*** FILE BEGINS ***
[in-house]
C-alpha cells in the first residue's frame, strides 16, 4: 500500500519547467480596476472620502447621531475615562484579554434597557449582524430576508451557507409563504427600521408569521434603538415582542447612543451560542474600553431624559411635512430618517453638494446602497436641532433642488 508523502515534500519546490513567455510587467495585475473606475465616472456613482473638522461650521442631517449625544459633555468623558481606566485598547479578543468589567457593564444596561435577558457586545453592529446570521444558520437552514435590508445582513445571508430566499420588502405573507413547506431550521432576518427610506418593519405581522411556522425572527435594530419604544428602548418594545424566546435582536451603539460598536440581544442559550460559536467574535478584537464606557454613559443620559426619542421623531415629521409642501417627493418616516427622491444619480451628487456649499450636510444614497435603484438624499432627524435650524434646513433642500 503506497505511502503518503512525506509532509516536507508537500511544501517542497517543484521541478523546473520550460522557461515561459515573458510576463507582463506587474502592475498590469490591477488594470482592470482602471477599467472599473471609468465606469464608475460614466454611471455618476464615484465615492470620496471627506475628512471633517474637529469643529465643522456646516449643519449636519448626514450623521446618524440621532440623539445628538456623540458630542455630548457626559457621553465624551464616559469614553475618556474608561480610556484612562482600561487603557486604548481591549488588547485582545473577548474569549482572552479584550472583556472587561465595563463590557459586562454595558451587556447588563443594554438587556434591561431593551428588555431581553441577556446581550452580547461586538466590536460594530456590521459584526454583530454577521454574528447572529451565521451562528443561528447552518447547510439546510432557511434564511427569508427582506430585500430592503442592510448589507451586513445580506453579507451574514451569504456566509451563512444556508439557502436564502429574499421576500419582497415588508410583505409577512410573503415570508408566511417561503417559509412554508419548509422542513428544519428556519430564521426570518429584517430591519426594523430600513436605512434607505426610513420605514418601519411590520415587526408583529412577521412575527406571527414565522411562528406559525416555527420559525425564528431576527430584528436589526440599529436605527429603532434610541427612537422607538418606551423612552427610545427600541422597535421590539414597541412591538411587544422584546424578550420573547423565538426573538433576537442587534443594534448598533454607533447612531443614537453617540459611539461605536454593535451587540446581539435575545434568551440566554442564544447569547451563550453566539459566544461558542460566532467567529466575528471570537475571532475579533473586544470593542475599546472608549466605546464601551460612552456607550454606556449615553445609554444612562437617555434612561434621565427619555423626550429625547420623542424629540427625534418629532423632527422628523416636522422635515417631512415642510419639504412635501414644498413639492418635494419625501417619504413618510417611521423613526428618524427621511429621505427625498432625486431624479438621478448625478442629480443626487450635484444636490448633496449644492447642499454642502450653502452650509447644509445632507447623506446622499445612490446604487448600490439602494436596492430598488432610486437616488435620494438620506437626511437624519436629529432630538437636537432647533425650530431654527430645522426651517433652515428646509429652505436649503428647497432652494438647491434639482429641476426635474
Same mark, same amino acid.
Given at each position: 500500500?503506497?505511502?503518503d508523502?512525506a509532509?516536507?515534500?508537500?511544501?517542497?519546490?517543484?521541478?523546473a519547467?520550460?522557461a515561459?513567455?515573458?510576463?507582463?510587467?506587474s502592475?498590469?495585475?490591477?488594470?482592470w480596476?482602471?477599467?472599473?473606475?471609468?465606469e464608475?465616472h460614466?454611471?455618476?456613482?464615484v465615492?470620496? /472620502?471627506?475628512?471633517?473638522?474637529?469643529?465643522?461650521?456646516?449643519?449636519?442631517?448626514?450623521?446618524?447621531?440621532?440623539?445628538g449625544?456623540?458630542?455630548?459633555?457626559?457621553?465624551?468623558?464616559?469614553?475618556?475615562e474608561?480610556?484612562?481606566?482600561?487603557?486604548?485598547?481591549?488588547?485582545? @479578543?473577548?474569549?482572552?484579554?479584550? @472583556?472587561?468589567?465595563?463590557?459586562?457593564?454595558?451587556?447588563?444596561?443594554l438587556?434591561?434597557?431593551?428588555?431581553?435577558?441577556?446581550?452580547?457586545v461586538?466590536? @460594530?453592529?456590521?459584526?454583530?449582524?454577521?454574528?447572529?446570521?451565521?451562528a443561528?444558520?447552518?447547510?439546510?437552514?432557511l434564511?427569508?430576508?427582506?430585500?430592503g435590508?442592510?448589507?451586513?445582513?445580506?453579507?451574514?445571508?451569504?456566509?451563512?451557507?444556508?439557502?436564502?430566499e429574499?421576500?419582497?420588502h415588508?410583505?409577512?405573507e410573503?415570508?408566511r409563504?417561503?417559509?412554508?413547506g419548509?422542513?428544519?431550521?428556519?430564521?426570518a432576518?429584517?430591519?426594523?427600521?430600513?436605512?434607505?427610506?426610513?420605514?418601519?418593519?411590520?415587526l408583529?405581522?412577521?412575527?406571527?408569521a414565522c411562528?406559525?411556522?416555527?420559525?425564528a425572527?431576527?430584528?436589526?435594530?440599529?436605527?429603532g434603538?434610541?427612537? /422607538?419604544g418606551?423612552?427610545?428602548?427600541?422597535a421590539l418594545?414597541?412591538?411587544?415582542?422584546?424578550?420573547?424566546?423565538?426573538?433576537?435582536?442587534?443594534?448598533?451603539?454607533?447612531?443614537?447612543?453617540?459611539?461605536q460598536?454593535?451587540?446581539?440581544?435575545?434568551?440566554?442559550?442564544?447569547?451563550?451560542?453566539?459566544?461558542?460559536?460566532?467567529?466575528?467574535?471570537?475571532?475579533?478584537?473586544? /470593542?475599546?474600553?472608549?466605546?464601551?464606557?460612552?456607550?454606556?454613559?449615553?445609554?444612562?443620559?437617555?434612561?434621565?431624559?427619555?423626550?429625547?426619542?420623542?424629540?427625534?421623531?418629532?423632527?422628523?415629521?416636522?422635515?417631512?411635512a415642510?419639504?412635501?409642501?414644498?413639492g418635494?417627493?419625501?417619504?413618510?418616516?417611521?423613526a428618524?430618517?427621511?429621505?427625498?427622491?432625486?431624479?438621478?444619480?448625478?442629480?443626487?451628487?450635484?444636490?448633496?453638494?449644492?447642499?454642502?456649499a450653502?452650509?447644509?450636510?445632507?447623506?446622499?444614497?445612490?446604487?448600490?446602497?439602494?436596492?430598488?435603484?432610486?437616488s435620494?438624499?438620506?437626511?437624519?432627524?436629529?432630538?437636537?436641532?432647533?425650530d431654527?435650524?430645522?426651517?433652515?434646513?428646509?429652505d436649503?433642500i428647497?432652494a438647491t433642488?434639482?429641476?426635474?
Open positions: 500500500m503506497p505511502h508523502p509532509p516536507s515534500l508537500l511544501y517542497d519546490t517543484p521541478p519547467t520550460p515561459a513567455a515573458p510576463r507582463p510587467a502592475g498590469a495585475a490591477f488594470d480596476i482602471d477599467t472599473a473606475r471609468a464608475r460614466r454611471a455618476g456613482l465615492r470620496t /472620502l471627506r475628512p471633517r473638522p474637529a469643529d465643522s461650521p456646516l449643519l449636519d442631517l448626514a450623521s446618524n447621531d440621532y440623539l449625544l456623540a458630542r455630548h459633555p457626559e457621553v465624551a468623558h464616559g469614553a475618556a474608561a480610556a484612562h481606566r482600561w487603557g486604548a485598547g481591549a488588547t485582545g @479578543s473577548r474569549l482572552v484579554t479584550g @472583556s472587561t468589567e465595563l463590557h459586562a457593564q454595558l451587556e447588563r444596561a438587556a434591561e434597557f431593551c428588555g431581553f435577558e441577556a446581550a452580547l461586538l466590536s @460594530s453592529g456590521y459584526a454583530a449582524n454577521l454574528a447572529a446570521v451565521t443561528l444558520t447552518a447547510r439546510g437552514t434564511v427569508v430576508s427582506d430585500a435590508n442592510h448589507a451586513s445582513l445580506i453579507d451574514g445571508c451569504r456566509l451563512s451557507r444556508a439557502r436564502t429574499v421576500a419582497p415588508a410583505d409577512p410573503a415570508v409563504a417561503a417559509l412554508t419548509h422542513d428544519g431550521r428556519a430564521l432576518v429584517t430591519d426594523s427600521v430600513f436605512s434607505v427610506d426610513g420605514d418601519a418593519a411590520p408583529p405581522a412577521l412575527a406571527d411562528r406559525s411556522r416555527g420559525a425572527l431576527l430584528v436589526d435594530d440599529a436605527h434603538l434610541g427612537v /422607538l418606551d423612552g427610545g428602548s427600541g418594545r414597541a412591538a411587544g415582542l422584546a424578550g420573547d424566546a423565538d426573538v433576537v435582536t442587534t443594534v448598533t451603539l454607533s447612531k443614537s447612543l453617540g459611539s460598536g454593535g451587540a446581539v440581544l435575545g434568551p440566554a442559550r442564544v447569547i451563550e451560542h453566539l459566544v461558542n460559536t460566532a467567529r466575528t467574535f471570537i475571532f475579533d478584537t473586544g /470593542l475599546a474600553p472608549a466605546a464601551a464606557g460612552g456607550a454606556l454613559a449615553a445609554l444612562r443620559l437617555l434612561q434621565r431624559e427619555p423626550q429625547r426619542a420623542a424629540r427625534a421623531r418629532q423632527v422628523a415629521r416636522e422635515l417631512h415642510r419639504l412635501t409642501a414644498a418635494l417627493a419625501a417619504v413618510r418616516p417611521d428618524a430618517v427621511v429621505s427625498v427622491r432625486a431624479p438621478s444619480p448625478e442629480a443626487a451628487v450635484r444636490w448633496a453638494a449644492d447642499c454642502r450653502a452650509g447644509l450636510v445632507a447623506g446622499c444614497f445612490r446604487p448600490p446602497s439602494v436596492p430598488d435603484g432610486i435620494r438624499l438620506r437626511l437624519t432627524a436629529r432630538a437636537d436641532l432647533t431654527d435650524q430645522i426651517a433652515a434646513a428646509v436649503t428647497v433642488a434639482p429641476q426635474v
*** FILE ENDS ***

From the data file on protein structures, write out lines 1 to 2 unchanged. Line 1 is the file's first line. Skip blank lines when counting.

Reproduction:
[in-house]
C-alpha cells in the first residue's frame, strides 16, 4: 500500500519547467480596476472620502447621531475615562484579554434597557449582524430576508451557507409563504427600521408569521434603538415582542447612543451560542474600553431624559411635512430618517453638494446602497436641532433642488 508523502515534500519546490513567455510587467495585475473606475465616472456613482473638522461650521442631517449625544459633555468623558481606566485598547479578543468589567457593564444596561435577558457586545453592529446570521444558520437552514435590508445582513445571508430566499420588502405573507413547506431550521432576518427610506418593519405581522411556522425572527435594530419604544428602548418594545424566546435582536451603539460598536440581544442559550460559536467574535478584537464606557454613559443620559426619542421623531415629521409642501417627493418616516427622491444619480451628487456649499450636510444614497435603484438624499432627524435650524434646513433642500 503506497505511502503518503512525506509532509516536507508537500511544501517542497517543484521541478523546473520550460522557461515561459515573458510576463507582463506587474502592475498590469490591477488594470482592470482602471477599467472599473471609468465606469464608475460614466454611471455618476464615484465615492470620496471627506475628512471633517474637529469643529465643522456646516449643519449636519448626514450623521446618524440621532440623539445628538456623540458630542455630548457626559457621553465624551464616559469614553475618556474608561480610556484612562482600561487603557486604548481591549488588547485582545473577548474569549482572552479584550472583556472587561465595563463590557459586562454595558451587556447588563443594554438587556434591561431593551428588555431581553441577556446581550452580547461586538466590536460594530456590521459584526454583530454577521454574528447572529451565521451562528443561528447552518447547510439546510432557511434564511427569508427582506430585500430592503442592510448589507451586513445580506453579507451574514451569504456566509451563512444556508439557502436564502429574499421576500419582497415588508410583505409577512410573503415570508408566511417561503417559509412554508419548509422542513428544519428556519430564521426570518429584517430591519426594523430600513436605512434607505426610513420605514418601519411590520415587526408583529412577521412575527406571527414565522411562528406559525416555527420559525425564528431576527430584528436589526440599529436605527429603532434610541427612537422607538418606551423612552427610545427600541422597535421590539414597541412591538411587544422584546424578550420573547423565538426573538433576537442587534443594534448598533454607533447612531443614537453617540459611539461605536454593535451587540446581539435575545434568551440566554442564544447569547451563550453566539459566544461558542460566532467567529466575528471570537475571532475579533473586544470593542475599546472608549466605546464601551460612552456607550454606556449615553445609554444612562437617555434612561434621565427619555423626550429625547420623542424629540427625534418629532423632527422628523416636522422635515417631512415642510419639504412635501414644498413639492418635494419625501417619504413618510417611521423613526428618524427621511429621505427625498432625486431624479438621478448625478442629480443626487450635484444636490448633496449644492447642499454642502450653502452650509447644509445632507447623506446622499445612490446604487448600490439602494436596492430598488432610486437616488435620494438620506437626511437624519436629529432630538437636537432647533425650530431654527430645522426651517433652515428646509429652505436649503428647497432652494438647491434639482429641476426635474